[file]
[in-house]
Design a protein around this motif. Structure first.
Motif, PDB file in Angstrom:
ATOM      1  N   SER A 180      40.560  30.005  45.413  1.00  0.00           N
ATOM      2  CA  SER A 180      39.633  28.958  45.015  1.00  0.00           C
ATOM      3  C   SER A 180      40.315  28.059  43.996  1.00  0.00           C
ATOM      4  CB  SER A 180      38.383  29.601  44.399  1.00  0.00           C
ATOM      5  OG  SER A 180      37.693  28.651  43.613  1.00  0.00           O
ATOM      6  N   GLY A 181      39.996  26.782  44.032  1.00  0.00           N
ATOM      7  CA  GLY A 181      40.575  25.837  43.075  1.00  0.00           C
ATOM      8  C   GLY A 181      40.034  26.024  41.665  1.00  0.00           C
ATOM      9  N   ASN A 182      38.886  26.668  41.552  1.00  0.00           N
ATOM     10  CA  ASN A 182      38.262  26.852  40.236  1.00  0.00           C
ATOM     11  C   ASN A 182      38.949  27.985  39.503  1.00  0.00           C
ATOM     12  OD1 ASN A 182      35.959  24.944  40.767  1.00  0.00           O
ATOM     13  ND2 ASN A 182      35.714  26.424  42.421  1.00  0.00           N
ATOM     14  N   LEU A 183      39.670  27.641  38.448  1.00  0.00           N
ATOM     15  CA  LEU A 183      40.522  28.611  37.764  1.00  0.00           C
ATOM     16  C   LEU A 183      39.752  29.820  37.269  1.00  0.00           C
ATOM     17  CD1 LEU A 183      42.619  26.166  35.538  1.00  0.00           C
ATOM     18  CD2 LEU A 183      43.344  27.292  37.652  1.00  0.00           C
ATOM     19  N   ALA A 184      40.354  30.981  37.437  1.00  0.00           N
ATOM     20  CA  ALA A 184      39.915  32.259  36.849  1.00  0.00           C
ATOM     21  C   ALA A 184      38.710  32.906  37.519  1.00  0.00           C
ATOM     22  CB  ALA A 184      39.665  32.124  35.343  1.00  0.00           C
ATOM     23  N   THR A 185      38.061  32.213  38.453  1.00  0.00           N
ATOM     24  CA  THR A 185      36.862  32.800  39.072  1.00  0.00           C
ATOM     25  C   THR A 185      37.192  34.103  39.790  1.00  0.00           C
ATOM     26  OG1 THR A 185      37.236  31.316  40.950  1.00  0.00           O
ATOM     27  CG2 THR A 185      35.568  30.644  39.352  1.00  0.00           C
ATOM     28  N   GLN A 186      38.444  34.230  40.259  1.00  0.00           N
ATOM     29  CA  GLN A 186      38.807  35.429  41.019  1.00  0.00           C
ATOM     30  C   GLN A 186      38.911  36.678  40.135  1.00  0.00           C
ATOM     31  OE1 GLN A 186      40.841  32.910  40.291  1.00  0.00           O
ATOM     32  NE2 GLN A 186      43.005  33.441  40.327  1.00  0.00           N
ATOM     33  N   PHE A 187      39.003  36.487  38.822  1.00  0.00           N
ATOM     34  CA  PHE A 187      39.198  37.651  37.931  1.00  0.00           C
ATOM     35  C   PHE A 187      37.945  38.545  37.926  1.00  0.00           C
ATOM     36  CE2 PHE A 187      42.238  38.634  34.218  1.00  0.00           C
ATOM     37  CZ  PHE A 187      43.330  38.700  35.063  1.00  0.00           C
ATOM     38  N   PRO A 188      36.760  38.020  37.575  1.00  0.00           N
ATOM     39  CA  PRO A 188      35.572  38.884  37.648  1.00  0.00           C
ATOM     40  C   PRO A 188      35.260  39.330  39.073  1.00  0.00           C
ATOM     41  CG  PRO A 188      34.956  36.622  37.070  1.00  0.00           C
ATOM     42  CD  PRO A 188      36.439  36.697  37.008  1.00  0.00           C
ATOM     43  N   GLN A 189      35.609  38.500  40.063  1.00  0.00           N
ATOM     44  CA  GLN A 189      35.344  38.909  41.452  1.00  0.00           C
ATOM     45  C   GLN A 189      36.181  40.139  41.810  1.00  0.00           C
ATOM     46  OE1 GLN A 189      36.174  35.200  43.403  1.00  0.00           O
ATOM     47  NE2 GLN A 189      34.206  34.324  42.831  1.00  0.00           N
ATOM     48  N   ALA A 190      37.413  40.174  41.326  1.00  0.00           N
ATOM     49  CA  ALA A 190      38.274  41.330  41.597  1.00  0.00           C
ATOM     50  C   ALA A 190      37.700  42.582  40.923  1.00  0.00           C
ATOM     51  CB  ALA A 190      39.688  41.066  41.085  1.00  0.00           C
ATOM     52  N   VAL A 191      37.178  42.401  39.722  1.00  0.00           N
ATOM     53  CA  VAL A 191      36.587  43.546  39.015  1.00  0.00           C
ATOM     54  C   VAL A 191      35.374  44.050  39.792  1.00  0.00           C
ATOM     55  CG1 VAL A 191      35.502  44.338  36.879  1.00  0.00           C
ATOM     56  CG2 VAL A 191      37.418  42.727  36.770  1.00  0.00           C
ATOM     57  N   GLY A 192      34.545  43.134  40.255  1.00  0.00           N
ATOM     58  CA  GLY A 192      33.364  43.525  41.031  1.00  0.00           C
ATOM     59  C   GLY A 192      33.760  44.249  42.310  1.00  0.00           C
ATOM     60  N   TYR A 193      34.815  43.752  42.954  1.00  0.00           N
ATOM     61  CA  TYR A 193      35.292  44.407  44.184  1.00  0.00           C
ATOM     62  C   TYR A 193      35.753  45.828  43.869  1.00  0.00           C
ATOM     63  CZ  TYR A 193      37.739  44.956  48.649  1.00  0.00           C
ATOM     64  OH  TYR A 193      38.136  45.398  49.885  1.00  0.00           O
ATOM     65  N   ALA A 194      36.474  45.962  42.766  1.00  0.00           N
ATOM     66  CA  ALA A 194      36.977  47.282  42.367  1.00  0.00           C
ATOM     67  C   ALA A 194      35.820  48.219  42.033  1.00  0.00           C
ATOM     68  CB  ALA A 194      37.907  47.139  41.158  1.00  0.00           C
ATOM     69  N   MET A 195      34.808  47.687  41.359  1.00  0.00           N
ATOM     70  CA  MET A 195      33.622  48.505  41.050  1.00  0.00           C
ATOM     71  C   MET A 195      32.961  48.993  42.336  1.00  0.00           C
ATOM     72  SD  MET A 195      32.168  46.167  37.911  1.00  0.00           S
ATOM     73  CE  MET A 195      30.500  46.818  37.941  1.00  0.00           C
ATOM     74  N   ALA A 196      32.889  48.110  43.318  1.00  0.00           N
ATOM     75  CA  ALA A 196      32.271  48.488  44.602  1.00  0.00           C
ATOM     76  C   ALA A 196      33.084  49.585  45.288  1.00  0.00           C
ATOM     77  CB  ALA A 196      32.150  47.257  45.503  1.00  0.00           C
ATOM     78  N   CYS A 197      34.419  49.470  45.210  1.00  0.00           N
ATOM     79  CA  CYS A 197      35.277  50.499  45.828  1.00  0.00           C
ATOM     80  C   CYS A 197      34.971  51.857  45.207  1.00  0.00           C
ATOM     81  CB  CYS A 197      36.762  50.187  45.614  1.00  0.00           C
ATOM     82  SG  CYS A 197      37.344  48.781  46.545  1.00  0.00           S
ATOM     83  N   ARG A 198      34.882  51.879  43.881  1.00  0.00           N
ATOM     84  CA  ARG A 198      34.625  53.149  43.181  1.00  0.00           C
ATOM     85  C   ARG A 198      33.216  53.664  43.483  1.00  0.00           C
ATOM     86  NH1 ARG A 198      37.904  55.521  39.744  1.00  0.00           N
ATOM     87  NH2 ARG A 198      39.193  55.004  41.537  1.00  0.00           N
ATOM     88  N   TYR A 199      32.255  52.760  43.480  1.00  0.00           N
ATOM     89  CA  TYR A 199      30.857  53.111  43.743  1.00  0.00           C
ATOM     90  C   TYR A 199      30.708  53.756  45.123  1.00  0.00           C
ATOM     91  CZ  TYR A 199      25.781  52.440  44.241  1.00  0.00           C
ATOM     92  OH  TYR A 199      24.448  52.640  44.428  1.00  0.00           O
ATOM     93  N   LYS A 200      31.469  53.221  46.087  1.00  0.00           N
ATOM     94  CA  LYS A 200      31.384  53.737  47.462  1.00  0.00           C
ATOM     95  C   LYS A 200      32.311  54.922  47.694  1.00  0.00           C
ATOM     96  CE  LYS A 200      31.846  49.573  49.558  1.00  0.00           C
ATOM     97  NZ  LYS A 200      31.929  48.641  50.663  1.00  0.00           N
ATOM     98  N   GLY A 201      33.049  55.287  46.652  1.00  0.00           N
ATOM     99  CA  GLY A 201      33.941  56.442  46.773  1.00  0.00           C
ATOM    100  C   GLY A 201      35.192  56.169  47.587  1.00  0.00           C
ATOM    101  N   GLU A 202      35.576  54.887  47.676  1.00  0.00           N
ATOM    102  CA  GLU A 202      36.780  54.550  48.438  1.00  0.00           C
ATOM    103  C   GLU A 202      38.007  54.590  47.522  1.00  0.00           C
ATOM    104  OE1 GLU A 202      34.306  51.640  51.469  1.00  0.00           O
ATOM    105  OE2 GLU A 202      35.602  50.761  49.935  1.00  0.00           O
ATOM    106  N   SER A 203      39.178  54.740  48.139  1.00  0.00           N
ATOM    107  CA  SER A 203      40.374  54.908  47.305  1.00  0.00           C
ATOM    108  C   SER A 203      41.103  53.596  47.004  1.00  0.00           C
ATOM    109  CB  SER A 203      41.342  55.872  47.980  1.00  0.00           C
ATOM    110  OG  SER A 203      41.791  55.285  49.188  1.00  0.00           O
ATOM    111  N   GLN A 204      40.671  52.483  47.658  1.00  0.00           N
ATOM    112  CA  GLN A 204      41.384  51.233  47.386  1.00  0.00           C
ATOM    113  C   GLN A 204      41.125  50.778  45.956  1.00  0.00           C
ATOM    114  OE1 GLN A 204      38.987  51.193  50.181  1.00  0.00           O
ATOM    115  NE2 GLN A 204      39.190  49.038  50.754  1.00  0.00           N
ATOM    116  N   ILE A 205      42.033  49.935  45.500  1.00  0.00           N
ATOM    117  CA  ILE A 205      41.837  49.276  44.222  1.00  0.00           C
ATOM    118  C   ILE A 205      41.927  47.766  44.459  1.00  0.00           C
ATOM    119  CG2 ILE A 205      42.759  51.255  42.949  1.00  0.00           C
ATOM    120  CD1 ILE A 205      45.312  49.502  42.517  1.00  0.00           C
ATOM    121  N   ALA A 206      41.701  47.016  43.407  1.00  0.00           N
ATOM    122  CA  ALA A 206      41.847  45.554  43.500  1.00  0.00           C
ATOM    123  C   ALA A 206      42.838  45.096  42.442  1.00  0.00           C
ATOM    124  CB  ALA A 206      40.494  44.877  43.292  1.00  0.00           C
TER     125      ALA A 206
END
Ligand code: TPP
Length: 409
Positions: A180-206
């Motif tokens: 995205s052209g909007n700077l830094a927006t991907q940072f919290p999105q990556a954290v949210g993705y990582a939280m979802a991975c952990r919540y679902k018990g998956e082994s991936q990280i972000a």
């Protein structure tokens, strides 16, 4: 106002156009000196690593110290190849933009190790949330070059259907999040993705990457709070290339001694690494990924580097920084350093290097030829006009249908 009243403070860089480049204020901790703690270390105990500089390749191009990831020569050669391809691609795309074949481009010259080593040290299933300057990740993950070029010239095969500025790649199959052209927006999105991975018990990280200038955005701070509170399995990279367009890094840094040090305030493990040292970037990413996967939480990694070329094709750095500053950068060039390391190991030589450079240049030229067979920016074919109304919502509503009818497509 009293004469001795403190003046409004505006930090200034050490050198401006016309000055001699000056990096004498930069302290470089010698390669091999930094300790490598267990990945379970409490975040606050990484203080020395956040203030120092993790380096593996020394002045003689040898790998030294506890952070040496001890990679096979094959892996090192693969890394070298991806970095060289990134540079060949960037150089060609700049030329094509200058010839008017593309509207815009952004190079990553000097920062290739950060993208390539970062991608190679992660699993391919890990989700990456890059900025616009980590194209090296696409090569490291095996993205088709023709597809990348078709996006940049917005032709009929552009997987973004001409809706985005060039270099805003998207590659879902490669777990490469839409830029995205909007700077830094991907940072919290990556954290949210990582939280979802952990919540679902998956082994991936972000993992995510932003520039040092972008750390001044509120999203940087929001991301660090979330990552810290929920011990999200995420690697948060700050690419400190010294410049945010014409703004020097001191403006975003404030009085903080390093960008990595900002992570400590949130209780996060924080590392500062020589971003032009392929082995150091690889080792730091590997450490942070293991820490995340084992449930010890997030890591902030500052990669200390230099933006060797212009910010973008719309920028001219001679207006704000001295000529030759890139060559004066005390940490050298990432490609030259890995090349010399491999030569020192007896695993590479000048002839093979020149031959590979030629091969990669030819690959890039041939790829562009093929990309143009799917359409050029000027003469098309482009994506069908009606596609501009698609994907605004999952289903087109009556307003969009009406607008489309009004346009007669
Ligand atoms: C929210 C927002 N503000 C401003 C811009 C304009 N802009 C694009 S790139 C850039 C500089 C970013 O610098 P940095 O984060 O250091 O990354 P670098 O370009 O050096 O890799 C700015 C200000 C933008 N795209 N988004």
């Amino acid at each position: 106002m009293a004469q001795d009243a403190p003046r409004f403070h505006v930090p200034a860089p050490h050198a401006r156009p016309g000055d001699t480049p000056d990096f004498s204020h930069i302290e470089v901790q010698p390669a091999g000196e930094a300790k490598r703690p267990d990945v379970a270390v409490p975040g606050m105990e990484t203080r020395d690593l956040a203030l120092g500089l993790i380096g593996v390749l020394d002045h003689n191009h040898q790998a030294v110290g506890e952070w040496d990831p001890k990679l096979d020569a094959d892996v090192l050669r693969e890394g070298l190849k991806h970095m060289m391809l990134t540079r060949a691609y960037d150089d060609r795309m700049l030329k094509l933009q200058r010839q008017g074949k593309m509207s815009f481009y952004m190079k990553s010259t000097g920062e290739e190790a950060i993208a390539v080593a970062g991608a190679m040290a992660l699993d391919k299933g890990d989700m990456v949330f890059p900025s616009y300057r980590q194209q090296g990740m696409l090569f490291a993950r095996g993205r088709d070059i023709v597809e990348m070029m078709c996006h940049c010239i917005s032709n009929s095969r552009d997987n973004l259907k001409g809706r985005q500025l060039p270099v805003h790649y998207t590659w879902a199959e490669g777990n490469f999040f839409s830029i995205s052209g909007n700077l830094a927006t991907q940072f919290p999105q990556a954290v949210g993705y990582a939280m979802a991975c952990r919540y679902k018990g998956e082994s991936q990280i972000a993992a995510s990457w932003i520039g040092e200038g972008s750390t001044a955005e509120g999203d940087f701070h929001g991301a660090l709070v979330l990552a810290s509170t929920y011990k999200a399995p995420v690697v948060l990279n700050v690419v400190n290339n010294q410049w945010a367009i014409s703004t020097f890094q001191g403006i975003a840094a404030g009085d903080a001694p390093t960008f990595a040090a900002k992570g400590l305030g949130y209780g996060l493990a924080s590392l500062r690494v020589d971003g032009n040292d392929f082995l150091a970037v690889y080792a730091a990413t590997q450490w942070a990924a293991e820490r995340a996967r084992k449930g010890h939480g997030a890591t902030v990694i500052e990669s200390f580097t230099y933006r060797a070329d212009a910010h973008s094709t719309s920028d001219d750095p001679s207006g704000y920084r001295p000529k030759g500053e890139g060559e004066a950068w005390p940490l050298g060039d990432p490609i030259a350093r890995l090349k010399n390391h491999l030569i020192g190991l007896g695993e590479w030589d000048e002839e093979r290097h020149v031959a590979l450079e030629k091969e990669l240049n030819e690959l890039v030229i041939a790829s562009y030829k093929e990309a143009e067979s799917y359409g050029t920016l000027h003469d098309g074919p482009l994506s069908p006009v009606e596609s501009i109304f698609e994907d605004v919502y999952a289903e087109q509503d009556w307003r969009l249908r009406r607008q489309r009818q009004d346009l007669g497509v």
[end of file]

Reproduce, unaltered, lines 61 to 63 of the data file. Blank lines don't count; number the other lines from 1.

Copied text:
ATOM     58  CA  GLY A 192      33.364  43.525  41.031  1.00  0.00           C
ATOM     59  C   GLY A 192      33.760  44.249  42.310  1.00  0.00           C
ATOM     60  N   TYR A 193      34.815  43.752  42.954  1.00  0.00           N